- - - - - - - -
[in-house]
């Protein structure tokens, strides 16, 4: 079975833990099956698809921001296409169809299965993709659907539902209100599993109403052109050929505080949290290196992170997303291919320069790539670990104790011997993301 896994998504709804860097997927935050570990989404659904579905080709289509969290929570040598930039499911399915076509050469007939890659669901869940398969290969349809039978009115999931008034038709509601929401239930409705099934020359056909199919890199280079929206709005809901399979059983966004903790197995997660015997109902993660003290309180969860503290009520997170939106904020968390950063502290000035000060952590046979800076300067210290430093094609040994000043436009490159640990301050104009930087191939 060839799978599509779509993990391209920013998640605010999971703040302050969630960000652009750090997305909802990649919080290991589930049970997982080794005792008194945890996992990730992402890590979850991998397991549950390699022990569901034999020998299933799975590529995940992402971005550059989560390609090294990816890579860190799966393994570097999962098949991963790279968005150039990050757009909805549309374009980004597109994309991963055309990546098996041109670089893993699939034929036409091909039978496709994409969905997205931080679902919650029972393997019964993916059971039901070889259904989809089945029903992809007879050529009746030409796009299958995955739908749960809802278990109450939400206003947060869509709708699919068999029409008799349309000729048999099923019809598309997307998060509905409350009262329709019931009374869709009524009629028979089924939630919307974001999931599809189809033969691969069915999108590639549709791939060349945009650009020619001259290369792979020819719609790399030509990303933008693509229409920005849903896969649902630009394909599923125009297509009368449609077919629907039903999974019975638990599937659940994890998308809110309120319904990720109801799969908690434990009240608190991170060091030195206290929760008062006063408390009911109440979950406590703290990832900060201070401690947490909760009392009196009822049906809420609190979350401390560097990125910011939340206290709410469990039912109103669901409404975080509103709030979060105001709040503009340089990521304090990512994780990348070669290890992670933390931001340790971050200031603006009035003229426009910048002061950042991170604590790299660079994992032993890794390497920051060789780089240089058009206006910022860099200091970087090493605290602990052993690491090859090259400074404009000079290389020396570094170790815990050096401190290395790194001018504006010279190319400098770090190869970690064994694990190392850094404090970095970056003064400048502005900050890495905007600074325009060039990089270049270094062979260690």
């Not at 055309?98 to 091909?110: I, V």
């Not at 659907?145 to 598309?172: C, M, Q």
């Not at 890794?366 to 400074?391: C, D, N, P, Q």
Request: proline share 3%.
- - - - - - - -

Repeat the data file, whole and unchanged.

[in-house]
């Protein structure tokens, strides 16, 4: 079975833990099956698809921001296409169809299965993709659907539902209100599993109403052109050929505080949290290196992170997303291919320069790539670990104790011997993301 896994998504709804860097997927935050570990989404659904579905080709289509969290929570040598930039499911399915076509050469007939890659669901869940398969290969349809039978009115999931008034038709509601929401239930409705099934020359056909199919890199280079929206709005809901399979059983966004903790197995997660015997109902993660003290309180969860503290009520997170939106904020968390950063502290000035000060952590046979800076300067210290430093094609040994000043436009490159640990301050104009930087191939 060839799978599509779509993990391209920013998640605010999971703040302050969630960000652009750090997305909802990649919080290991589930049970997982080794005792008194945890996992990730992402890590979850991998397991549950390699022990569901034999020998299933799975590529995940992402971005550059989560390609090294990816890579860190799966393994570097999962098949991963790279968005150039990050757009909805549309374009980004597109994309991963055309990546098996041109670089893993699939034929036409091909039978496709994409969905997205931080679902919650029972393997019964993916059971039901070889259904989809089945029903992809007879050529009746030409796009299958995955739908749960809802278990109450939400206003947060869509709708699919068999029409008799349309000729048999099923019809598309997307998060509905409350009262329709019931009374869709009524009629028979089924939630919307974001999931599809189809033969691969069915999108590639549709791939060349945009650009020619001259290369792979020819719609790399030509990303933008693509229409920005849903896969649902630009394909599923125009297509009368449609077919629907039903999974019975638990599937659940994890998308809110309120319904990720109801799969908690434990009240608190991170060091030195206290929760008062006063408390009911109440979950406590703290990832900060201070401690947490909760009392009196009822049906809420609190979350401390560097990125910011939340206290709410469990039912109103669901409404975080509103709030979060105001709040503009340089990521304090990512994780990348070669290890992670933390931001340790971050200031603006009035003229426009910048002061950042991170604590790299660079994992032993890794390497920051060789780089240089058009206006910022860099200091970087090493605290602990052993690491090859090259400074404009000079290389020396570094170790815990050096401190290395790194001018504006010279190319400098770090190869970690064994694990190392850094404090970095970056003064400048502005900050890495905007600074325009060039990089270049270094062979260690």
């Not at 055309?98 to 091909?110: I, V």
């Not at 659907?145 to 598309?172: C, M, Q």
């Not at 890794?366 to 400074?391: C, D, N, P, Q």
Request: proline share 3%.